The 2006-07 NHL season is now in the books (save for the gloriously compelling yet embarrassing train wreck in slow motion that is the NHL Awards, to come next week), and judging by the remarks of the sports commentariat, we’re all doomed. The bobbleheads on the ESPN talk shows continue to be dismissive and make funny, funny jokes about how “no one cares about hockey!” The hockey partisans point at the ESPN bobbleheads, at the record! low! TV ratings and scream that it’s all the fault of Bettman/expansion/too many Europeans/too much fighting/too little fighting. And King Kaufman encourages hockey fans to stop worrying and embrace their nicheness.
Does any of this matter to hockey fans? I’d argue that it does, but primarily to American fans. And that the niche does have its appeal, and maybe new technology is making that niche look more appealing.
First, an aside on Canadian fans. Hockey’s part of the mainstream culture in Canada; in fact, it’s virtually unavoidable (most of the most committed loathers of hockey I know are Canadians who feel bitterness at having it forced down their throats). It’s on TV every Saturday night even if you just have rabbit ears. When the sports highlights are on, you can count on hockey dominating. When you go into a bar during the playoffs, there will always be TVs tuned to the hockey game, even if it’s New Jersey vs Dallas and you’re thousands of miles away in Ontario. Even if you don’t live in an NHL city, there’s probably a CHL team nearby, or if your town is too small for even that, at least a Jr. B team. Hell, when I lived in Kingston, I could stop for gas at the 7-11 at Alfred and Princess, and while paying for my gas, pick up a couple packs of hockey cards, the latest issue of The Hockey News, a box of Kraft Dinner with a hockey card on the side, and a Toronto Maple Leafs cigarette lighter.
Which is to say, Canadians don’t have to seek out hockey or work to follow it. It’s just there for the taking, part of the buffet of Canadian culture. And that’s one reason why these debates about how popular hockey is in the US don’t resonate with them in general. To paraphrase an argument that a friend of mine has made on several occasions, “Whether or not hockey is popular in the US doesn’t affect my ability to follow the Habs and watch Habs games, so why does it matter?” And he’s right, it doesn’t matter to him, only potentially if the NHL’s state in the US became so parlous that the league as a whole risked collapse. And we’re still a long ways off from that. So this debate about whether or not hockey is a “niche sport” and whether that is a matter of concern is primarily a debate among American hockey fans.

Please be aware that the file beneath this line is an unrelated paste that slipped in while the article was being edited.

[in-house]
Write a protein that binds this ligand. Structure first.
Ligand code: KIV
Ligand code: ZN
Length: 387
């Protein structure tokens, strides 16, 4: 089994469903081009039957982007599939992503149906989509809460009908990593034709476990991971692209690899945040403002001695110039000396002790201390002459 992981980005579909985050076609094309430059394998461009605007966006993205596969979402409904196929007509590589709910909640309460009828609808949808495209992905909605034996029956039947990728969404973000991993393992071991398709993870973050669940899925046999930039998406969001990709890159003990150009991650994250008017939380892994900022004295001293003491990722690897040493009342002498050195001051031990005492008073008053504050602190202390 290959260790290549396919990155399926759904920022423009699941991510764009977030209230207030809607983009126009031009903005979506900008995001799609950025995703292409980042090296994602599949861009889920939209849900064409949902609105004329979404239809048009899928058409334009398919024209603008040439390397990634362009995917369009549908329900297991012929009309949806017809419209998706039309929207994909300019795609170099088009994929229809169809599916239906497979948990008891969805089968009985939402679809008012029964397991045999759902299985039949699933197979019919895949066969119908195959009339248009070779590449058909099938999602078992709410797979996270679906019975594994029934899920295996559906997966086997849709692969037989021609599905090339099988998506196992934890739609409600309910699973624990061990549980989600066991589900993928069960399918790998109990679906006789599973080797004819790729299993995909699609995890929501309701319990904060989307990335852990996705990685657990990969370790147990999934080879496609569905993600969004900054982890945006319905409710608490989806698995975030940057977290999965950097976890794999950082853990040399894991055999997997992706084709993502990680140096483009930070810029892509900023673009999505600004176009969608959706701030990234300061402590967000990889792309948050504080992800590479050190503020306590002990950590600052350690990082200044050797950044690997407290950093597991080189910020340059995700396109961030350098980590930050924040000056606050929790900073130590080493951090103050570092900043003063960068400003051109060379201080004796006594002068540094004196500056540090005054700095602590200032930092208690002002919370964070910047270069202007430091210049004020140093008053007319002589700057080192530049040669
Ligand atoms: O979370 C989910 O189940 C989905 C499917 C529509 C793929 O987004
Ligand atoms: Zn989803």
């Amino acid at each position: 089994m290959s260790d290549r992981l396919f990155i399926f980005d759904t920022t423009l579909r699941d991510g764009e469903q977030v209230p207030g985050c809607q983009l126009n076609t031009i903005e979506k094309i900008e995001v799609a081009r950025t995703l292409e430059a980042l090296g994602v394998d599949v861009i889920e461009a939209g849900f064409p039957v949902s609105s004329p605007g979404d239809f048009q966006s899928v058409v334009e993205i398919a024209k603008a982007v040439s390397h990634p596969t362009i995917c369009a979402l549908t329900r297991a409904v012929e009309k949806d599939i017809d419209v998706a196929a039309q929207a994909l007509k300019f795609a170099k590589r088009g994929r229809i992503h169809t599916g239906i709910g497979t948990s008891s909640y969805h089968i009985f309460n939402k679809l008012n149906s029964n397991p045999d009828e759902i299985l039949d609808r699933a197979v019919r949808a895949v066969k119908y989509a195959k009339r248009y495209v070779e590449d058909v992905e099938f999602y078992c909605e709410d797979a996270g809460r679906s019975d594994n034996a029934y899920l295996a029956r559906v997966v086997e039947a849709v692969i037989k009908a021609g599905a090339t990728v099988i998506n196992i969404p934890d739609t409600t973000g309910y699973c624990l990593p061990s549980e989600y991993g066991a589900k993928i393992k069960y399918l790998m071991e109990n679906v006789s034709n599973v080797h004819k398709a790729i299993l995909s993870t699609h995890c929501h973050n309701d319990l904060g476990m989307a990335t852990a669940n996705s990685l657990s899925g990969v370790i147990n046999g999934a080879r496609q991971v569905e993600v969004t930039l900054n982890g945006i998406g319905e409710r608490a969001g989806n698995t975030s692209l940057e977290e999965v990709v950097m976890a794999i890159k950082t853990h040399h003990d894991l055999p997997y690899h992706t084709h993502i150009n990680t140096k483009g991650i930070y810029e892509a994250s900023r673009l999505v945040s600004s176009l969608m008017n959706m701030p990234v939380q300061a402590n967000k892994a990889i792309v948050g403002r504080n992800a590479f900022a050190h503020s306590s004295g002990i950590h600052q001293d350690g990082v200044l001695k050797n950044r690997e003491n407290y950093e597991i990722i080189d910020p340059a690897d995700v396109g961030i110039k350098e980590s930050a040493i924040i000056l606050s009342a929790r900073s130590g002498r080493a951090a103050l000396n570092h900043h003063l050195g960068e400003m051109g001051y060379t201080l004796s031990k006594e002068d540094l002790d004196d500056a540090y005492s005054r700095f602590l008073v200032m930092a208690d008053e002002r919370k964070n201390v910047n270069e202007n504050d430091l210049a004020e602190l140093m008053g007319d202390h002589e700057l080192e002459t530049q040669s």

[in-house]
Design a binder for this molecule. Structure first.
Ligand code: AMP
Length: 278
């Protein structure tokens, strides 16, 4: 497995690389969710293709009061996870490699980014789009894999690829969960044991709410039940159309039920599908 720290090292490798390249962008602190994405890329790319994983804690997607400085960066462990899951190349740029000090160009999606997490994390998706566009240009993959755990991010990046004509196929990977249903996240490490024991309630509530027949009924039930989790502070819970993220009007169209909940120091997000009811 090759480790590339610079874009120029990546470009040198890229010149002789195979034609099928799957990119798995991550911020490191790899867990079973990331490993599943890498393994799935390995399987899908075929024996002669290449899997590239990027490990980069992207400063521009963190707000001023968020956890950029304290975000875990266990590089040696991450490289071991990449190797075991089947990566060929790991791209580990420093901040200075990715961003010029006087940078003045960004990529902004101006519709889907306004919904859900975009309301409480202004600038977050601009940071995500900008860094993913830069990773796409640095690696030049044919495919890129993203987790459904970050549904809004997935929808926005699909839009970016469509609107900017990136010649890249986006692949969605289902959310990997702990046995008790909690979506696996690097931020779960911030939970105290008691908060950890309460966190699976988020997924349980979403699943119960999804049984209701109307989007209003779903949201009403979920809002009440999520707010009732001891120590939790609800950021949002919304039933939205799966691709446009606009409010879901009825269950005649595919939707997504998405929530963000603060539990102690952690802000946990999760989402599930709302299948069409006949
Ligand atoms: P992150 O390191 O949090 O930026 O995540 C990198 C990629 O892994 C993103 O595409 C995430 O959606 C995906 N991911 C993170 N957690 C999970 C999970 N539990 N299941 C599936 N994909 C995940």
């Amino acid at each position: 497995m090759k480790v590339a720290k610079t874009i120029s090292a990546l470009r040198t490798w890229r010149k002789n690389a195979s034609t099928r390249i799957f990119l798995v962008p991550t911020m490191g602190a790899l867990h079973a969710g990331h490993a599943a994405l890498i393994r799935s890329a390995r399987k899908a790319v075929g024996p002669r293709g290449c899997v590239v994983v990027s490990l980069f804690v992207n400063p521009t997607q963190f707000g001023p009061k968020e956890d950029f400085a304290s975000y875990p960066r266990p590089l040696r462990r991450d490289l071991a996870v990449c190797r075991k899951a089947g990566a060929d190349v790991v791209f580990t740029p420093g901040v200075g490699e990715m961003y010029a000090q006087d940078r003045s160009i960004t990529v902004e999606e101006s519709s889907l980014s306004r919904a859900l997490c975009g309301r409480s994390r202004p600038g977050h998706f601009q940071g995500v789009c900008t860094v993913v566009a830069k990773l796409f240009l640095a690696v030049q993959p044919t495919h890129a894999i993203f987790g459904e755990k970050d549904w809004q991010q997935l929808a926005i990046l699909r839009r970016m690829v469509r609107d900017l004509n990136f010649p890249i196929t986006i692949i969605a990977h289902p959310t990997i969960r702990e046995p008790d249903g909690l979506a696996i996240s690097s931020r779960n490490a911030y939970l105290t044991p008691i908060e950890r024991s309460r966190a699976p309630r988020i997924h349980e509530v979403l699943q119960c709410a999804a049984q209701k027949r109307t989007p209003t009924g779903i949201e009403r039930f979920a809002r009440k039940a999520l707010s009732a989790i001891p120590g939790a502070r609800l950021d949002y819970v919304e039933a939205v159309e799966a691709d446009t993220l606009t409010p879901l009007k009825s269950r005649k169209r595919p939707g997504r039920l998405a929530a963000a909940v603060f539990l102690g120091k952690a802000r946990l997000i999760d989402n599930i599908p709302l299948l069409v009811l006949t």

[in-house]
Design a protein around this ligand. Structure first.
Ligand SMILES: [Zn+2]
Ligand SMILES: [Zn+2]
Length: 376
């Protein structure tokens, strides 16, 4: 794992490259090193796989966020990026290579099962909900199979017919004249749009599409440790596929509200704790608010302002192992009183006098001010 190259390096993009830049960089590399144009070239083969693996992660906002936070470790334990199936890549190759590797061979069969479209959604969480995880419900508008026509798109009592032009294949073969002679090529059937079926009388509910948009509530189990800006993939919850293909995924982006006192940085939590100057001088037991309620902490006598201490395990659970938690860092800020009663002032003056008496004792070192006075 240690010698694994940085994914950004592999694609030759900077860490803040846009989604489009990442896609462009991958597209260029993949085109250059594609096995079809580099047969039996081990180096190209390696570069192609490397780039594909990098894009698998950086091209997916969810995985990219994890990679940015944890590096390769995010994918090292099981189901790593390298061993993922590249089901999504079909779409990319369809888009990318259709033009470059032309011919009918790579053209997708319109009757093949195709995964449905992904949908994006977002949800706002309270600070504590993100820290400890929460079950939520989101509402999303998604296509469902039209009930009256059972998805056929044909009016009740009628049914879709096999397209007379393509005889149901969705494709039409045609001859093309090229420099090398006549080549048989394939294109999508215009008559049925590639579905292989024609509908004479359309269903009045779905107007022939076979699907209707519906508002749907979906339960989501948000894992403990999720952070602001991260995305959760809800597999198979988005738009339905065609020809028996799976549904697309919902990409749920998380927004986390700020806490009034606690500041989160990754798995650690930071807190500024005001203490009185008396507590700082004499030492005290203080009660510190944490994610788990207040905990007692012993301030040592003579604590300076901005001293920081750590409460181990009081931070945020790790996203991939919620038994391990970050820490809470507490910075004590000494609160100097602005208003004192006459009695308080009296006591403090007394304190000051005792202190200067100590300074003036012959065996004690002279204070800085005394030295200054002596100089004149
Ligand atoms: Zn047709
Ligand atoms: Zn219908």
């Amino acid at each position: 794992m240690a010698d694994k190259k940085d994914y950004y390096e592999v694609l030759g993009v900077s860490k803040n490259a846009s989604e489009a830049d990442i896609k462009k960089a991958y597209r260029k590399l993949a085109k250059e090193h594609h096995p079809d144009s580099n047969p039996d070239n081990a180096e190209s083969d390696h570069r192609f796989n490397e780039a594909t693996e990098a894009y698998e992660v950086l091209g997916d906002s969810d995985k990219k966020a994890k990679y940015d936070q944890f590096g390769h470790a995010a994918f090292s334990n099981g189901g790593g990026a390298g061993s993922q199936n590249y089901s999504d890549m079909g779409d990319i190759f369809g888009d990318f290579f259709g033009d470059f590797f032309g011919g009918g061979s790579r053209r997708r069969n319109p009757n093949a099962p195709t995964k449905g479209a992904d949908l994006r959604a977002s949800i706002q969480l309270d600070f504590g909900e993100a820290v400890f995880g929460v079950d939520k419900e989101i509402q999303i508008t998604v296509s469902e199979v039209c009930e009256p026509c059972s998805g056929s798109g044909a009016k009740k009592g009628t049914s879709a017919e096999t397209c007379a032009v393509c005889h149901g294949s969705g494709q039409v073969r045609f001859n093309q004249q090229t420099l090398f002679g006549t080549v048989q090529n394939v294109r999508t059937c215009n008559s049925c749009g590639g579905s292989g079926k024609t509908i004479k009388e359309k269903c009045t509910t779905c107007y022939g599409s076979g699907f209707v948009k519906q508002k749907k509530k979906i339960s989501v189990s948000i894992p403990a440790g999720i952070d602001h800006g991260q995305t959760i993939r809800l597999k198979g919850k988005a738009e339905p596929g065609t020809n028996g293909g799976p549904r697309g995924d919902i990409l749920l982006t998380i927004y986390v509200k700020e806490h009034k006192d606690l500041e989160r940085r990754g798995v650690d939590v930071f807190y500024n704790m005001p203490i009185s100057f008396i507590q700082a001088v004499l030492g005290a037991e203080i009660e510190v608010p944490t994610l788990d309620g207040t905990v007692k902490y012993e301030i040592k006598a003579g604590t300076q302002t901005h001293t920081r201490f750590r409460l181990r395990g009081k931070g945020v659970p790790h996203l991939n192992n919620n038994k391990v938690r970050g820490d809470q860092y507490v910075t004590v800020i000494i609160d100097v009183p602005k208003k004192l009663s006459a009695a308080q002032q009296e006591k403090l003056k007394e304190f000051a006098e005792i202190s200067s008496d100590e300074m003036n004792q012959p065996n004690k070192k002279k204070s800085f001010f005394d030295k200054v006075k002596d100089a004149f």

I’ve always argued that it does matter to me, and that it matters specifically because of my experiences following the sport in a time and place where it was so niche as to hardly exist. If you’ve read my bio page, you’ll see that I’m one of the rare Americans who came to be a hockey fan solely through television. When I started watching hockey, during the 1985-86 season, it was still on ESPN, but within two seasons had decamped for SportsChannel, which wasn’t available in our area. This meant that (for the season or two until my ever-indulgent parents got a satellite dish that allowed me access to the NHL again) the only televised hockey we got apart from the Olympics was Rangers games on “Superstation” WOR and Moeller high school hockey on public access. The local papers printed just the NHL box scores, if we were lucky. At night, with some effort and fussing with the antenna on my boombox, I could pull in KMOX from St. Louis and listen to Dan Kelly calling the Blues games. Essentially, hockey was something that I had to seek out and work for.
Admittedly, there’s an attraction to that, being part of a small subculture. I could still probably name for you every kid in my high school who owned a hockey jersey of any sort, because it was just that rare. At one point in the late 80s, just before the Cyclones arrived and created some new fans, I’d guess that I could at least recognize by face most of the hockey fans in Cincinnati, which isn’t exactly a small town. It does make you feel like you’re part of some small group of tuned-in folks.